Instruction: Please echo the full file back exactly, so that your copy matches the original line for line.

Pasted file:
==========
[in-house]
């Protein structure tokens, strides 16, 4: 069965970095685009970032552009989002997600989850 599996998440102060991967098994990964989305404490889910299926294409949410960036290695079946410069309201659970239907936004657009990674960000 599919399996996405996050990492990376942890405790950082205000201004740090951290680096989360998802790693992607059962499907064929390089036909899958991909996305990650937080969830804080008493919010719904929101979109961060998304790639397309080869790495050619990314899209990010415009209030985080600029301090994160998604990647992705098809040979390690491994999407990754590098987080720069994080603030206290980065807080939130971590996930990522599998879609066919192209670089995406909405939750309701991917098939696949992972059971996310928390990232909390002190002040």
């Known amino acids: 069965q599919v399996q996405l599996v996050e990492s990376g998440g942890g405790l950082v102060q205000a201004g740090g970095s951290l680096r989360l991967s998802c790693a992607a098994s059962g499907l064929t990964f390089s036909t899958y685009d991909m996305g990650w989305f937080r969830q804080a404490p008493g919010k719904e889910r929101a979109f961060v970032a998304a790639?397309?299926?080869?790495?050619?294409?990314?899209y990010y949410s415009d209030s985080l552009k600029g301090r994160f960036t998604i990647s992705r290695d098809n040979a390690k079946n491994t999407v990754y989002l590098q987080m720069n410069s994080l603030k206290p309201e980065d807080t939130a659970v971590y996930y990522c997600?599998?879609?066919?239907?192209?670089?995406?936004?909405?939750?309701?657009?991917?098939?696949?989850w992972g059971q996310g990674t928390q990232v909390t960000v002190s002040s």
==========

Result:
[in-house]
């Protein structure tokens, strides 16, 4: 069965970095685009970032552009989002997600989850 599996998440102060991967098994990964989305404490889910299926294409949410960036290695079946410069309201659970239907936004657009990674960000 599919399996996405996050990492990376942890405790950082205000201004740090951290680096989360998802790693992607059962499907064929390089036909899958991909996305990650937080969830804080008493919010719904929101979109961060998304790639397309080869790495050619990314899209990010415009209030985080600029301090994160998604990647992705098809040979390690491994999407990754590098987080720069994080603030206290980065807080939130971590996930990522599998879609066919192209670089995406909405939750309701991917098939696949992972059971996310928390990232909390002190002040």
């Known amino acids: 069965q599919v399996q996405l599996v996050e990492s990376g998440g942890g405790l950082v102060q205000a201004g740090g970095s951290l680096r989360l991967s998802c790693a992607a098994s059962g499907l064929t990964f390089s036909t899958y685009d991909m996305g990650w989305f937080r969830q804080a404490p008493g919010k719904e889910r929101a979109f961060v970032a998304a790639?397309?299926?080869?790495?050619?294409?990314?899209y990010y949410s415009d209030s985080l552009k600029g301090r994160f960036t998604i990647s992705r290695d098809n040979a390690k079946n491994t999407v990754y989002l590098q987080m720069n410069s994080l603030k206290p309201e980065d807080t939130a659970v971590y996930y990522c997600?599998?879609?066919?239907?192209?670089?995406?936004?909405?939750?309701?657009?991917?098939?696949?989850w992972g059971q996310g990674t928390q990232v909390t960000v002190s002040s």